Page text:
When I bought my first burr grinder, I tried to go cheap, and I bought one of the less expensive machines on the market, I believe it was around 30-40$. I brought it home, proud of my new upgrade, and tried my first batch. It was a total disaster. The grounds were uneven, it was worse than with my blade machine. I called the support line, hoping that they could help me fix it, looked on the Internet, until I realized that cheap grinders are just that – cheap. So, do not try to buy a cheap burr grinder, it’s not worth. A blade one is even cheaper, and will work better.
What Is A Burr Grinder?
Burr grinders use steel pieces, with a special shape to crush the beans. The position between the two milling burrs is adjustable, and it permits the grind size adjustment. Some modern coffee grinders are made with ceramic burrs, which are very hard, hence are very durable in time, and they produce less heat.
There are flat burr grinders, and conical grinders. As a general rule, conical burr grinding machines are built with lower grinding speeds, which can help retain more of the aromas and flavors.
- The speed of the burrs because at high grinding speeds coffee overheats losing flavor.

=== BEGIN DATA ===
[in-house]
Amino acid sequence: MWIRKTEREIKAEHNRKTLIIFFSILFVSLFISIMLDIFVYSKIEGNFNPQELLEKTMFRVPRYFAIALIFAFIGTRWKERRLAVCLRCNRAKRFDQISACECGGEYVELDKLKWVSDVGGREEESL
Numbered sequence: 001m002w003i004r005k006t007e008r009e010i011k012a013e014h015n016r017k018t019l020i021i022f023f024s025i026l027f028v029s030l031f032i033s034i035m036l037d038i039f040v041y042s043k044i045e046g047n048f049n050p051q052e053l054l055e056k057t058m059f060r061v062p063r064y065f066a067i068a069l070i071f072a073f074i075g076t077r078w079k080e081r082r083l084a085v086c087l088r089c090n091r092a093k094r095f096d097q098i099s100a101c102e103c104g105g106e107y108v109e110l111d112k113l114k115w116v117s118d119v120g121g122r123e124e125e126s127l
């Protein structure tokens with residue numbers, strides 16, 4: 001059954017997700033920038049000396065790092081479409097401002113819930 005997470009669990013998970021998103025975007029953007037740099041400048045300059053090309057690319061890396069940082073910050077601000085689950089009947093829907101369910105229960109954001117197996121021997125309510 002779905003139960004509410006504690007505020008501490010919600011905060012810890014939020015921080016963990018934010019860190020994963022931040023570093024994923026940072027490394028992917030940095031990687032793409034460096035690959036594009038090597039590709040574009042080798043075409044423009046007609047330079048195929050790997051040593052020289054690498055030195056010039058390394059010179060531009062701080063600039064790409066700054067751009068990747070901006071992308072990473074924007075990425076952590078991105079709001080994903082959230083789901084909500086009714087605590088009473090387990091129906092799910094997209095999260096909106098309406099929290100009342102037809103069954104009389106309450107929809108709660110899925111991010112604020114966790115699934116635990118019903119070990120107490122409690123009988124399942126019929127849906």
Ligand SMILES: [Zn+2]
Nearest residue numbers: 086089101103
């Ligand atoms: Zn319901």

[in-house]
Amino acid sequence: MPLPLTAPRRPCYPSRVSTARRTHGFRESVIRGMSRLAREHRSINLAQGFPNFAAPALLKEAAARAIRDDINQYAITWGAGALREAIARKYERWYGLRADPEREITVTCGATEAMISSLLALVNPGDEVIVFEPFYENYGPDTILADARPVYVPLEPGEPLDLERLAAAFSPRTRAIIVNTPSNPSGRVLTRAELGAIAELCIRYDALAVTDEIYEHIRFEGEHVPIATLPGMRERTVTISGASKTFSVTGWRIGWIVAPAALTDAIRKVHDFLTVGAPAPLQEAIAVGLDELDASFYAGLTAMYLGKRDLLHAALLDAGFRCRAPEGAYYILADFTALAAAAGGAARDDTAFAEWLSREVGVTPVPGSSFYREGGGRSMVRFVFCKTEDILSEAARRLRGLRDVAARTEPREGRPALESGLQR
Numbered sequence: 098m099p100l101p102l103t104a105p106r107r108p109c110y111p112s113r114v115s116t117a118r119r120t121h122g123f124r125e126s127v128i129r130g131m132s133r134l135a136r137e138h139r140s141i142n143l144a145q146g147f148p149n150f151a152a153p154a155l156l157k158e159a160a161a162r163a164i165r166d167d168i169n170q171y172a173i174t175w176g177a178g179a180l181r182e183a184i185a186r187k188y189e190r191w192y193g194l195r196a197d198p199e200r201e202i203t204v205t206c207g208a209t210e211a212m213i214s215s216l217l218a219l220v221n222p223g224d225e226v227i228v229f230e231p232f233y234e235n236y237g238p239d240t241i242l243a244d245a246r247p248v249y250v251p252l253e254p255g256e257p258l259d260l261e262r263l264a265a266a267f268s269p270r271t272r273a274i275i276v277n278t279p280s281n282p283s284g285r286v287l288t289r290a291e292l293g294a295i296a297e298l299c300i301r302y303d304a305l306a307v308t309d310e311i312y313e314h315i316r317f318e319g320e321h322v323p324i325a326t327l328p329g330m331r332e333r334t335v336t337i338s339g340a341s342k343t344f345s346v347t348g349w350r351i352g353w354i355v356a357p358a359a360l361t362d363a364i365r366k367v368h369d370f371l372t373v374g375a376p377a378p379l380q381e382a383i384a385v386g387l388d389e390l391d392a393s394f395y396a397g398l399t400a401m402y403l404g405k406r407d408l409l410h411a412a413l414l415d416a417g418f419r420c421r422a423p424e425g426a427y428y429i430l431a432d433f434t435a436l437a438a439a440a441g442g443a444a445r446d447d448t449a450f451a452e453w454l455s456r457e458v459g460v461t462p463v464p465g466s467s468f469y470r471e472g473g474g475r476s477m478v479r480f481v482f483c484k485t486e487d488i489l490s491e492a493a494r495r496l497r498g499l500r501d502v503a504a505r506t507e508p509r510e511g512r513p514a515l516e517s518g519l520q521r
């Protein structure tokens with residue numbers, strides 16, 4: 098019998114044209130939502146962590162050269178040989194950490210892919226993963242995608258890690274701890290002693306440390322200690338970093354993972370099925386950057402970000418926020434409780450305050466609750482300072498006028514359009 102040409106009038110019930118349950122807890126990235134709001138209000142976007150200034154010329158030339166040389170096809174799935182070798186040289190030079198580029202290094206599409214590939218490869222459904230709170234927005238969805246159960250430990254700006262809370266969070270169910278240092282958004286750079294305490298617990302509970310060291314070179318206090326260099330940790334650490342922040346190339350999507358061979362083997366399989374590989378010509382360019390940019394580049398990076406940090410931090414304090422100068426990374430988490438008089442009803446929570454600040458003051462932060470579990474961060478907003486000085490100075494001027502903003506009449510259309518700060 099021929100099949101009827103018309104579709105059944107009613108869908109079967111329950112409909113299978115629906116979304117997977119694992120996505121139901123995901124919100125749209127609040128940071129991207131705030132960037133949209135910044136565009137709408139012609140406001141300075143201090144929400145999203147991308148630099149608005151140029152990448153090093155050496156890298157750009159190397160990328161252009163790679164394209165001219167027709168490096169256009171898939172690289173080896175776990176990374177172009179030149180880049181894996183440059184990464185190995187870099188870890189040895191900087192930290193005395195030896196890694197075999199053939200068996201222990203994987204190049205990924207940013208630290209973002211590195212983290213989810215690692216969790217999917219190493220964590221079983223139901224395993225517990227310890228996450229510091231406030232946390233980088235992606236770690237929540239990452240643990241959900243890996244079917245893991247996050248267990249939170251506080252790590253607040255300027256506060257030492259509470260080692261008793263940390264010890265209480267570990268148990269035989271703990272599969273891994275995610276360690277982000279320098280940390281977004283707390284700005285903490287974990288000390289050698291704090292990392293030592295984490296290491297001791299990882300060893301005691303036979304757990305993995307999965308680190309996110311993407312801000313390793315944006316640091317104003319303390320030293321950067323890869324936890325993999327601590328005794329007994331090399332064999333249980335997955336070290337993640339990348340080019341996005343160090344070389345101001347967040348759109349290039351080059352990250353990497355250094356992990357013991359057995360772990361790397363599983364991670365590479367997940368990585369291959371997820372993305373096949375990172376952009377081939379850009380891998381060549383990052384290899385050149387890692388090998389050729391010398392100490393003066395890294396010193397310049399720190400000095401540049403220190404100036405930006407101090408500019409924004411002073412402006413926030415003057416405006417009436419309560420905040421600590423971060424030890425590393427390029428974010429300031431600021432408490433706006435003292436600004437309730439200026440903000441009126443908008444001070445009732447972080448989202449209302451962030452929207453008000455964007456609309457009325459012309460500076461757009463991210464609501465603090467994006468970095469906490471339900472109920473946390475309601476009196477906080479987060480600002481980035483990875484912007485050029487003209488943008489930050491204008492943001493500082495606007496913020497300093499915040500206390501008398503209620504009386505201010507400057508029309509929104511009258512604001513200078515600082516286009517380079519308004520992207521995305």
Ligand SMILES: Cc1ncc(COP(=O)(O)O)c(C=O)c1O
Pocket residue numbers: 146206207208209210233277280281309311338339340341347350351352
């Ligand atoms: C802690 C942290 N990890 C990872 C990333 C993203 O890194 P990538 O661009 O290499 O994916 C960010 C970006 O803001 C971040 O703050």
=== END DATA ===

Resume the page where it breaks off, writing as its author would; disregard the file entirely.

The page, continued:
- How uniform the ground coffee is, depends on the burrs, and the machine’s design.
- Static charged grinds are annoying, but it’s not only that, this usually means that the speed of grinding is a little too high.
- Espresso brewing needs more grind size adjustments than drip and French press, because brewing espresso requires precision.
If you want to get a decent grinding machine, get one that you know other people have used with success, and don’t be a “beta tester”, especially if you are a beginner. Buy recognized brand, with good reviews. Here are my recommendations:
Capresso 560.01 Infinity Burr Grinder
Capresso Infinity is a non-expensive burr grinder, and it is probably one of the best grinders for people on a small budget. The grinder from Capresso is conceived to help you get the most flavorful coffee. The conical burrs help retain the aroma and the flavor, the motor speed is reduced through a set of gears to avoid overheating the grinds, and it has a total of 16 grind stepped settings.
The burrs are very durable, and with a regular home use, they would last you forever. The rest of the machine is built for reliability and durability, a rare attribute in our days. The grinding machine from Capresso-Jura also features:
- 100-watt motor
- Commercial-grade conical burrs
- 16 grind settings from Turkish to coarse
- Built-in timer
- 1-year limited warranty
- Transparent bean container hold up to 8.8 oz
- Solid zinc die-cast housing
On the minus side, their Turkish size is not really a Turkish, is rather a very fine espresso. But, to be honest, I have seen very few home grinders to produce real Turkish ground coffee.